confronted with the letterhead of Cristal-Tenorio Law Office bearing her signature,
respondent admitted that Felicisimo Tenorio, Jr., is not a lawyer, but he and a certain
Gerardo Panghulan, who is also not a lawyer, are named as senior partners because
they have investments in her law office.

ISSUE: WON respondent is guilty of the charge of cooperating in the illegal practice
of law by Felicisimo R. Tenorio, Jr.
HELD: YES. A lawyer who allows a non-member of the Bar to misrepresent himself
as a lawyer and to practice law is guilty of violating Canon 9 and Rule 9.01 of the
Code of Professional Responsibility. The term practice of law implies customarily or
habitually holding oneself out to the public as a lawyer for compensation as a
source of livelihood or in consideration of his services. In this case, Felicisimo
Tenorio, Jr., is not a lawyer, but he holds himself out as one. His wife, the respondent
herein, abetted and aided him in the unauthorized practice of the legal profession.
The lawyers duty to prevent, or at the very least not to assist in, the unauthorized
practice of law is founded on public interest and policy. Public policy requires that
the practice of law be limited to those individuals found duly qualified in education
and character. The permissive right conferred on the lawyer is an individual and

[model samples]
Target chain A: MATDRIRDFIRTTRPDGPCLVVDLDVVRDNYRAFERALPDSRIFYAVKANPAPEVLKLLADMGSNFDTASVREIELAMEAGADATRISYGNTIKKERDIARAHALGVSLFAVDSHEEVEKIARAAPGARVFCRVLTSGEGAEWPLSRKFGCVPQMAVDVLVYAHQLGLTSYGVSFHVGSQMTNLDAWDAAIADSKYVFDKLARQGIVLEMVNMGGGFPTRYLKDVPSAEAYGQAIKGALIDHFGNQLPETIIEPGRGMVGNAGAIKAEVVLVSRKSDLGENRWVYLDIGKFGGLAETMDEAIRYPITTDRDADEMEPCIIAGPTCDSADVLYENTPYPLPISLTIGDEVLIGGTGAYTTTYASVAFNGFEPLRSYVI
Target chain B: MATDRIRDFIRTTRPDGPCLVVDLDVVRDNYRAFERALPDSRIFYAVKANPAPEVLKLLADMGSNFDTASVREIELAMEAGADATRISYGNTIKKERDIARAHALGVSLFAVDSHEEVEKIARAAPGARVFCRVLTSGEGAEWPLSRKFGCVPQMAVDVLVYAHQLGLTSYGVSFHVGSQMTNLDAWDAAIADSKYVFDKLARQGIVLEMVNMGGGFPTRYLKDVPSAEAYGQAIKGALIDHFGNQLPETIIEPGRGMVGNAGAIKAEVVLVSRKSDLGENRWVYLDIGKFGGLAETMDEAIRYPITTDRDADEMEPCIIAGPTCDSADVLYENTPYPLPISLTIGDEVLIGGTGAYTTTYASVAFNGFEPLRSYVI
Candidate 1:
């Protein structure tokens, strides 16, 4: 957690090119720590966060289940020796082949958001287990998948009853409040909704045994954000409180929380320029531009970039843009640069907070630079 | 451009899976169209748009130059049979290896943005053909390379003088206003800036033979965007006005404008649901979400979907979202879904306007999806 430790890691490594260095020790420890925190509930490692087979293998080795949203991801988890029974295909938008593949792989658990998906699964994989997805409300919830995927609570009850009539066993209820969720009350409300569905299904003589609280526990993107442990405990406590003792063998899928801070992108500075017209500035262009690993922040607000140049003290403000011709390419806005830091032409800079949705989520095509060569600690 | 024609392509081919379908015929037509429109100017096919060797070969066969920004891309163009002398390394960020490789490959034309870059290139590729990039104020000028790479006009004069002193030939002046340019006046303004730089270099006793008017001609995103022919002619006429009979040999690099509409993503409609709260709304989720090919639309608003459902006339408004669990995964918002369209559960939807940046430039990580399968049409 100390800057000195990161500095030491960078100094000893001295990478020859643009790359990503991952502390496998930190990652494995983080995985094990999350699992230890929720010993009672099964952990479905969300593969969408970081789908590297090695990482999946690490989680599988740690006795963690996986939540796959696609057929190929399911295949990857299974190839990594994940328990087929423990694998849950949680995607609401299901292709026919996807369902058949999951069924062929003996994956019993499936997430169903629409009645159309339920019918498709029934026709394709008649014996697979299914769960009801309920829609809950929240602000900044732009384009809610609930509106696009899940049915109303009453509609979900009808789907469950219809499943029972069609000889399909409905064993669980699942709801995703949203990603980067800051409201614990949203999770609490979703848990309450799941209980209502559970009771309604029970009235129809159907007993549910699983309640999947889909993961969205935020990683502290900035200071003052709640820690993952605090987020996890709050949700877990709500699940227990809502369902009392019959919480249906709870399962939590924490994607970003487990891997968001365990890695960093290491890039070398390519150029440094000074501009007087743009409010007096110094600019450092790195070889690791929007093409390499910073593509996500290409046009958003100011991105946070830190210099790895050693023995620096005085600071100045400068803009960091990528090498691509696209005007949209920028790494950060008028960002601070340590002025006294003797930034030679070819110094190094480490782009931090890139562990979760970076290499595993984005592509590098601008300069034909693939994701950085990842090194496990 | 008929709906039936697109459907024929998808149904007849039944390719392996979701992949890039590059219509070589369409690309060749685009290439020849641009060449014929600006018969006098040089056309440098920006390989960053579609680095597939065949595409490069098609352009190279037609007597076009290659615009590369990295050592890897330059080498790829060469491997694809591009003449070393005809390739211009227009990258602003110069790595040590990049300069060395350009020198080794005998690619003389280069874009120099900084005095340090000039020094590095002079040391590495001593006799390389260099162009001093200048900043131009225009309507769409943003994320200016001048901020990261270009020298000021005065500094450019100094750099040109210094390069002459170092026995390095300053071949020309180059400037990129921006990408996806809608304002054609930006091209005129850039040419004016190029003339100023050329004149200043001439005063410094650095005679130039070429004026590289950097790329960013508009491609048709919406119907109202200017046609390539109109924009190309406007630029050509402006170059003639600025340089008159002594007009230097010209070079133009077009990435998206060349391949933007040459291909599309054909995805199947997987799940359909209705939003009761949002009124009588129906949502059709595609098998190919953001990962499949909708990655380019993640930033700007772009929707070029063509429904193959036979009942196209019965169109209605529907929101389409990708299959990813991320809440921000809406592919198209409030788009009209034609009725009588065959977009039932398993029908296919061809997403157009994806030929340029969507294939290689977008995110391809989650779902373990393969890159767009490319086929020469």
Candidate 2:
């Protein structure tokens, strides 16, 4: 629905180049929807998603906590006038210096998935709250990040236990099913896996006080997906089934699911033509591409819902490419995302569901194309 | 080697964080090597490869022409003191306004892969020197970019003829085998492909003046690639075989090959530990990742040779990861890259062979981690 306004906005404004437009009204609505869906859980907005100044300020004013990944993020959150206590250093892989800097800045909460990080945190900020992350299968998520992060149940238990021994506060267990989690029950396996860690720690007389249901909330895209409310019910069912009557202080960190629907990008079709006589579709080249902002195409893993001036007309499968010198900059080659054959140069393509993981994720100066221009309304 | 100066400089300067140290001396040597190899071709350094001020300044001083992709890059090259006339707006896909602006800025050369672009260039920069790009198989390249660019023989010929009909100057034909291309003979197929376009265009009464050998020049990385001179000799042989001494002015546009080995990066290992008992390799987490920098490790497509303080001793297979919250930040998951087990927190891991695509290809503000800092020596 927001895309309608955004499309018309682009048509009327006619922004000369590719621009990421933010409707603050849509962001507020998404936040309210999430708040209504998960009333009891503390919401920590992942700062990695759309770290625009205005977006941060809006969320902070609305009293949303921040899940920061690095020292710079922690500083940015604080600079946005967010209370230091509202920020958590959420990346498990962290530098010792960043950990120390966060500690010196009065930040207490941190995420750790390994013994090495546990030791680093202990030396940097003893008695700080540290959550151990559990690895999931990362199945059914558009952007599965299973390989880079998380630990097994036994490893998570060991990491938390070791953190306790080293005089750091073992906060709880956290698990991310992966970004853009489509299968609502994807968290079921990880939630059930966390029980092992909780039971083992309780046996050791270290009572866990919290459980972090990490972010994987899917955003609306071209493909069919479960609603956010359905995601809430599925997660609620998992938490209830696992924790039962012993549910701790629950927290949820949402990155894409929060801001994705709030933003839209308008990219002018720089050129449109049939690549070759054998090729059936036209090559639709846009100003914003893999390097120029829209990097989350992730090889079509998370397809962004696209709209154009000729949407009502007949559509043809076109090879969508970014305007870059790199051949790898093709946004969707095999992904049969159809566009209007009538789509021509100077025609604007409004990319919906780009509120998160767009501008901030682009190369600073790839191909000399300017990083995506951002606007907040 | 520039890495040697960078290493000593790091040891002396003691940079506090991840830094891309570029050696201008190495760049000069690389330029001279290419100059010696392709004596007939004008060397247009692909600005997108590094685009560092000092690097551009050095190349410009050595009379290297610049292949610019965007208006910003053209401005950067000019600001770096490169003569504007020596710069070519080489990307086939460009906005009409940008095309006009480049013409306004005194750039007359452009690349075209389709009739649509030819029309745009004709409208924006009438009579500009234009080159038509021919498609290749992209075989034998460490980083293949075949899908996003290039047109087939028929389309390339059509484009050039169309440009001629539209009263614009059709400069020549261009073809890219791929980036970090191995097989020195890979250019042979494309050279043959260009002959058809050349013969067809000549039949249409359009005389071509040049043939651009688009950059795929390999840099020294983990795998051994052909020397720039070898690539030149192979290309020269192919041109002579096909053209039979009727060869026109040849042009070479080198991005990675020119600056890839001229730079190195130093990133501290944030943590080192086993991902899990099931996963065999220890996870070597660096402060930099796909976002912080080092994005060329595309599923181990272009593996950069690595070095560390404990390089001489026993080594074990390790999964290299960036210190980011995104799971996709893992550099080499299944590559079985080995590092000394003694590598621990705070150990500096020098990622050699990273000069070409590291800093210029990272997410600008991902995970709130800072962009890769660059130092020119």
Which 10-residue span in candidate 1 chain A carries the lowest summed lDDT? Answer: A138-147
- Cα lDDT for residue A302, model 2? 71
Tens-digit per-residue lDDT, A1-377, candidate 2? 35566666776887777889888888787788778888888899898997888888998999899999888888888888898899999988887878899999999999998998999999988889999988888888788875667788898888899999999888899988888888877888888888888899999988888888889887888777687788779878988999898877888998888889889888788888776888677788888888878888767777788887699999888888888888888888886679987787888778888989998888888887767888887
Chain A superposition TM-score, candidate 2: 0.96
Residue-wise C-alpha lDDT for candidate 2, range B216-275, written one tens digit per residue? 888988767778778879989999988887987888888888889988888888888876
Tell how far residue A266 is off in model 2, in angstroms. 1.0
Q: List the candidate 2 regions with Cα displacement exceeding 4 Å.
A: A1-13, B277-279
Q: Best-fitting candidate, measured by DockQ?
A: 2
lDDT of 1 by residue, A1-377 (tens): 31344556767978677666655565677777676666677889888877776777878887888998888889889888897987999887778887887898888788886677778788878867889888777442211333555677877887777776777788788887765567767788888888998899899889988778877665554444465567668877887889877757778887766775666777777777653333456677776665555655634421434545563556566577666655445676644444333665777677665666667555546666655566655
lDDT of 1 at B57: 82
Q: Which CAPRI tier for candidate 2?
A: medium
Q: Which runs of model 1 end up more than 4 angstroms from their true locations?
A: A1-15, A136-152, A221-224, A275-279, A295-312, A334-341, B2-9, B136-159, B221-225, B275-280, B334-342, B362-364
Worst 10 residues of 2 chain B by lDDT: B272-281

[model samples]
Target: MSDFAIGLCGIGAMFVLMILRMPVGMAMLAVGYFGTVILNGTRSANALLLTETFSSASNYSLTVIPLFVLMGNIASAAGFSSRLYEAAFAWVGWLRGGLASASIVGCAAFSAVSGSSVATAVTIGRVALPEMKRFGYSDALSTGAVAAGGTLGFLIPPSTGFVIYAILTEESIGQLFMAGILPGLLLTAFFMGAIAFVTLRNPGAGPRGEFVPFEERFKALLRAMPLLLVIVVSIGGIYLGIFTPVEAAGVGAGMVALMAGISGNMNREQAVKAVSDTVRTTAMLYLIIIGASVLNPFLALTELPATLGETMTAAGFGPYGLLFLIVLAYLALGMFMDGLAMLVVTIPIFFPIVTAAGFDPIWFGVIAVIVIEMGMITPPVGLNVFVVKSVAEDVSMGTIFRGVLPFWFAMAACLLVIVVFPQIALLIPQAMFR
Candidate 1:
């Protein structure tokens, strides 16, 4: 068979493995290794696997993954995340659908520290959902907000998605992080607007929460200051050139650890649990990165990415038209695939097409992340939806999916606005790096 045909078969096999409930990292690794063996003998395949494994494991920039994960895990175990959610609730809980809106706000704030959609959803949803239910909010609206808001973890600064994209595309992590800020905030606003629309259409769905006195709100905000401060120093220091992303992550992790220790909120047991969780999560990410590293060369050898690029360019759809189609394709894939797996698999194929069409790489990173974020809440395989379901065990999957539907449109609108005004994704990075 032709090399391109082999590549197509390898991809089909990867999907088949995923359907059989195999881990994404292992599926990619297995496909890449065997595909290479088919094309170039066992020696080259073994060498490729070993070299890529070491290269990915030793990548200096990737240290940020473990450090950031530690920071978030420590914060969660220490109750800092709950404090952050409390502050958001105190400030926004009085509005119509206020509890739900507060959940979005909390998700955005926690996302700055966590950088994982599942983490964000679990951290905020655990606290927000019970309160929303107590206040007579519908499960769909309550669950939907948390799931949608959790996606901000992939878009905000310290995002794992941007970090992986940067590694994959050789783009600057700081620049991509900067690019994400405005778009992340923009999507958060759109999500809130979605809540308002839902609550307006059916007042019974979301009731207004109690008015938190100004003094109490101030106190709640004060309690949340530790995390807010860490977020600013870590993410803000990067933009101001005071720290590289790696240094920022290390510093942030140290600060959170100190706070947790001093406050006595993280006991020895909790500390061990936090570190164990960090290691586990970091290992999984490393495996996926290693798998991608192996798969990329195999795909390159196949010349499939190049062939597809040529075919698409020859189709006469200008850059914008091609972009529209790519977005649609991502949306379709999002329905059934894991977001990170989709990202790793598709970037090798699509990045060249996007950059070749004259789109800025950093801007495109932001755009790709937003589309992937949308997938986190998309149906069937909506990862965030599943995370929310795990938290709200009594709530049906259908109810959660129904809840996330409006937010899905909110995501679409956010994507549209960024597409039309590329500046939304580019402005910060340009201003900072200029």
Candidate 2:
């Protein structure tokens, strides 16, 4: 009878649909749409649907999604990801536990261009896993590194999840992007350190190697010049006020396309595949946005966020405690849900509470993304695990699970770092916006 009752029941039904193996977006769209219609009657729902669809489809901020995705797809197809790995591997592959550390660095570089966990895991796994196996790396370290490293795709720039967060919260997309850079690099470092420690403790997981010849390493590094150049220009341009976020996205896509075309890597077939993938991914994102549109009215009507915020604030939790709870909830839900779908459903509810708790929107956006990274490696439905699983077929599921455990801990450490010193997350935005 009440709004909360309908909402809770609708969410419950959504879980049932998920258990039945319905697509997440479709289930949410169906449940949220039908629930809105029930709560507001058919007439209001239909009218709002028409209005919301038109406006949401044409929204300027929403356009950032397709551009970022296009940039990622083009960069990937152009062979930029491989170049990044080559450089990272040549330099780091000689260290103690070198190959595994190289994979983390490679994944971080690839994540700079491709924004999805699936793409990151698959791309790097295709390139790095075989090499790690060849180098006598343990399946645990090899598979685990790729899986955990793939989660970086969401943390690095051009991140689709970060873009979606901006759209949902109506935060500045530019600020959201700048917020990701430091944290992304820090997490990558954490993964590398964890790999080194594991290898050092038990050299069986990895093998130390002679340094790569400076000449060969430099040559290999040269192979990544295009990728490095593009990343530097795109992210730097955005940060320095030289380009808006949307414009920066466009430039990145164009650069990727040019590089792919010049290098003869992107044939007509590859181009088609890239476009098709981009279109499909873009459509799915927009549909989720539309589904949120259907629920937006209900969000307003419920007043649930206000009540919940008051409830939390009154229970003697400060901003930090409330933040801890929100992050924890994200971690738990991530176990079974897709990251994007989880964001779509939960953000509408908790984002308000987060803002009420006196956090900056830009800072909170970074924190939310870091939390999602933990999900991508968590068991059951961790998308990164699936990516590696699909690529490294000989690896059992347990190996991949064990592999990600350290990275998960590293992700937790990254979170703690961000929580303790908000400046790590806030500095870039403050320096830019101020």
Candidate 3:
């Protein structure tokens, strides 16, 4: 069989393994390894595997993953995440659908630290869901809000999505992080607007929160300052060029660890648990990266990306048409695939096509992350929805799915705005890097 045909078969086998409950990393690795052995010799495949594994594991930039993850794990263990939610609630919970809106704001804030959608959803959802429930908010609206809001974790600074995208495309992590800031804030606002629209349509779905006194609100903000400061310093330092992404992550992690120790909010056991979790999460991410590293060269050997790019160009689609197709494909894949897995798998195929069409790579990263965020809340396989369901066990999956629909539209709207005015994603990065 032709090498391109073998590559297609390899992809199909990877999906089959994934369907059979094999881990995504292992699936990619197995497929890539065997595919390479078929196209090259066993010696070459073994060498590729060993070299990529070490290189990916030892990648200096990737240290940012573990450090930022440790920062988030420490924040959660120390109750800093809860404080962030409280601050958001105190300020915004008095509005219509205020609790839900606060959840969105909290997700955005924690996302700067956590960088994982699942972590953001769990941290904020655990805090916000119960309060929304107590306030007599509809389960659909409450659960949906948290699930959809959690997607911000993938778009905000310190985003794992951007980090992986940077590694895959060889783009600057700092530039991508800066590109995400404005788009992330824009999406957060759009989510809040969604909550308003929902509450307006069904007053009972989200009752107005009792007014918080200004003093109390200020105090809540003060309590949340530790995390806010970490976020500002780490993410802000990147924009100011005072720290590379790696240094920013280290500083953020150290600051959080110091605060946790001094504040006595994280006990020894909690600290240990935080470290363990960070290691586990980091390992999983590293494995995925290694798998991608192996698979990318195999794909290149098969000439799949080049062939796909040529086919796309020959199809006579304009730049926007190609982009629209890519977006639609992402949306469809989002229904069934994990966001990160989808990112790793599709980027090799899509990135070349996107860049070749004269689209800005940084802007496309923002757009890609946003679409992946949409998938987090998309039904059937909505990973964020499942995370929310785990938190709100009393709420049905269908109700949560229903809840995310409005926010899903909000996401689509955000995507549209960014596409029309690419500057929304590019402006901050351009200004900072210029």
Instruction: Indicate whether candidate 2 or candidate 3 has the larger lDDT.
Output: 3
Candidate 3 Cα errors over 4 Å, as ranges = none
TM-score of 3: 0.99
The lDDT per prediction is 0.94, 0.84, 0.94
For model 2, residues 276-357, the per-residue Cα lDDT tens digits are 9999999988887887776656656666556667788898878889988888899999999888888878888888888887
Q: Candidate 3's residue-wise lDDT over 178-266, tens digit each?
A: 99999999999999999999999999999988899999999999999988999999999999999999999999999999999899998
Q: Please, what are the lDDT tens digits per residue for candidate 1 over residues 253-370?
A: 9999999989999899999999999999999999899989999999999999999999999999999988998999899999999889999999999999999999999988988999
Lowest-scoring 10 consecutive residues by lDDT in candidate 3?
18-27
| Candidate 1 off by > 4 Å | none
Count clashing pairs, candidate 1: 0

limited privilege subject to withdrawal if he fails to maintain proper standards of
moral and professional conduct. The purpose is to protect the public, the court, the
client, and the bar from the incompetence or dishonesty of those unlicensed to
practice law and not subject to the disciplinary control of the Court. It devolves upon
a lawyer to see that this purpose is attained.

WHEREFORE, for culpable violation of Canon 9 and Rule 9.01 of the Code
of Professional Responsibility, respondent Atty. Ana Luz B. Cristal-Tenorio
is hereby SUSPENDED from the practice of law for a period of six (6)
months effective immediately, with a warning that a repetition of the
same or similar act in the future will be dealt with more severely.

Thus, the canons and ethics of the profession enjoin him not to permit his
professional services or his name to be used in aid of, or to make possible the
unauthorized practice of law by, any agency, personal or corporate. And, the law
makes it a misbehavior on his part, subject to disciplinary action, to aid a layman in
the unauthorized practice of law.

CASE NO. 13 / BELTRAN, JR. V. ABAD / BM NO. 139, OCTOBER 11, 1984

FACTS: Court held respondent Elmo S. Abad, a successful bar examinee but has not
been admitted to the Philippine Bar, in contempt of Court for unauthorized practice